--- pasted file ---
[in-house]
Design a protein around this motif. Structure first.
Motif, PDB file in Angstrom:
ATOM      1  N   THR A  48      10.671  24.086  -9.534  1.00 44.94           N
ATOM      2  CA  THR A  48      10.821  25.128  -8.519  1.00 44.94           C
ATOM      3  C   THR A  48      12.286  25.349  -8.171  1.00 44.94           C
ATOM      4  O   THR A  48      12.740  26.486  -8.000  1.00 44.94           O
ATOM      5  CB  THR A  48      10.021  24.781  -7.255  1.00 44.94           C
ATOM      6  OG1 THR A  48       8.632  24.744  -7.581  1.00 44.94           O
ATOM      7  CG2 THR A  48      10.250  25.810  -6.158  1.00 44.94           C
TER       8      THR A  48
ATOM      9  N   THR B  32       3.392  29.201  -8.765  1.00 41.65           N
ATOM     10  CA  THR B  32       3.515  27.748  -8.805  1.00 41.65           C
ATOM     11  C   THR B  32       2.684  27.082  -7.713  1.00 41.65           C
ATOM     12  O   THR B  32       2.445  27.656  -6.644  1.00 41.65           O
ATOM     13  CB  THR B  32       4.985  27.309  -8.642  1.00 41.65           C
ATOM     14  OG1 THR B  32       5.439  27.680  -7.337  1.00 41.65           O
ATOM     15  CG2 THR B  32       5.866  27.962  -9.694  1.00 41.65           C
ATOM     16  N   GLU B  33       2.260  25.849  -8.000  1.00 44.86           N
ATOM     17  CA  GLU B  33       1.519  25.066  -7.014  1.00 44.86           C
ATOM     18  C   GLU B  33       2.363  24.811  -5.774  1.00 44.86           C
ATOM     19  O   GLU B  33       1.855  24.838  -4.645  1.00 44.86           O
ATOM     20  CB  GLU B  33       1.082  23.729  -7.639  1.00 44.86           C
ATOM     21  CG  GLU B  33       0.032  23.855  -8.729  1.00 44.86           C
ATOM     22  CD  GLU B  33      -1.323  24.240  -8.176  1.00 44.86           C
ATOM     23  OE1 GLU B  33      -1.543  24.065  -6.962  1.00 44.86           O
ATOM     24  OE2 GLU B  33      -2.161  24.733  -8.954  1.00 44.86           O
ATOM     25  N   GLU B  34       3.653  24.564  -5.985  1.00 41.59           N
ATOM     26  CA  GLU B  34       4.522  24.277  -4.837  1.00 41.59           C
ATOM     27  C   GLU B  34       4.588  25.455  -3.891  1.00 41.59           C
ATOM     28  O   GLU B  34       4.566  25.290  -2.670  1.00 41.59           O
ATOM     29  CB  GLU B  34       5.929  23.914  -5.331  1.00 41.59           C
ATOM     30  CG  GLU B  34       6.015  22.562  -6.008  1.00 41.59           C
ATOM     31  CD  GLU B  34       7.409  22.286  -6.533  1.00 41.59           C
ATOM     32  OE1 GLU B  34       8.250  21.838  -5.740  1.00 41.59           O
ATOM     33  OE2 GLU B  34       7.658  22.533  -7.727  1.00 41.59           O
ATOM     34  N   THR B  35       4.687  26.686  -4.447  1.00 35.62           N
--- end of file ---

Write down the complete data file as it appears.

[in-house]
Design a protein around this motif. Structure first.
Motif, PDB file in Angstrom:
ATOM      1  N   THR A  48      10.671  24.086  -9.534  1.00 44.94           N
ATOM      2  CA  THR A  48      10.821  25.128  -8.519  1.00 44.94           C
ATOM      3  C   THR A  48      12.286  25.349  -8.171  1.00 44.94           C
ATOM      4  O   THR A  48      12.740  26.486  -8.000  1.00 44.94           O
ATOM      5  CB  THR A  48      10.021  24.781  -7.255  1.00 44.94           C
ATOM      6  OG1 THR A  48       8.632  24.744  -7.581  1.00 44.94           O
ATOM      7  CG2 THR A  48      10.250  25.810  -6.158  1.00 44.94           C
TER       8      THR A  48
ATOM      9  N   THR B  32       3.392  29.201  -8.765  1.00 41.65           N
ATOM     10  CA  THR B  32       3.515  27.748  -8.805  1.00 41.65           C
ATOM     11  C   THR B  32       2.684  27.082  -7.713  1.00 41.65           C
ATOM     12  O   THR B  32       2.445  27.656  -6.644  1.00 41.65           O
ATOM     13  CB  THR B  32       4.985  27.309  -8.642  1.00 41.65           C
ATOM     14  OG1 THR B  32       5.439  27.680  -7.337  1.00 41.65           O
ATOM     15  CG2 THR B  32       5.866  27.962  -9.694  1.00 41.65           C
ATOM     16  N   GLU B  33       2.260  25.849  -8.000  1.00 44.86           N
ATOM     17  CA  GLU B  33       1.519  25.066  -7.014  1.00 44.86           C
ATOM     18  C   GLU B  33       2.363  24.811  -5.774  1.00 44.86           C
ATOM     19  O   GLU B  33       1.855  24.838  -4.645  1.00 44.86           O
ATOM     20  CB  GLU B  33       1.082  23.729  -7.639  1.00 44.86           C
ATOM     21  CG  GLU B  33       0.032  23.855  -8.729  1.00 44.86           C
ATOM     22  CD  GLU B  33      -1.323  24.240  -8.176  1.00 44.86           C
ATOM     23  OE1 GLU B  33      -1.543  24.065  -6.962  1.00 44.86           O
ATOM     24  OE2 GLU B  33      -2.161  24.733  -8.954  1.00 44.86           O
ATOM     25  N   GLU B  34       3.653  24.564  -5.985  1.00 41.59           N
ATOM     26  CA  GLU B  34       4.522  24.277  -4.837  1.00 41.59           C
ATOM     27  C   GLU B  34       4.588  25.455  -3.891  1.00 41.59           C
ATOM     28  O   GLU B  34       4.566  25.290  -2.670  1.00 41.59           O
ATOM     29  CB  GLU B  34       5.929  23.914  -5.331  1.00 41.59           C
ATOM     30  CG  GLU B  34       6.015  22.562  -6.008  1.00 41.59           C
ATOM     31  CD  GLU B  34       7.409  22.286  -6.533  1.00 41.59           C
ATOM     32  OE1 GLU B  34       8.250  21.838  -5.740  1.00 41.59           O
ATOM     33  OE2 GLU B  34       7.658  22.533  -7.727  1.00 41.59           O
ATOM     34  N   THR B  35       4.687  26.686  -4.447  1.00 35.62           N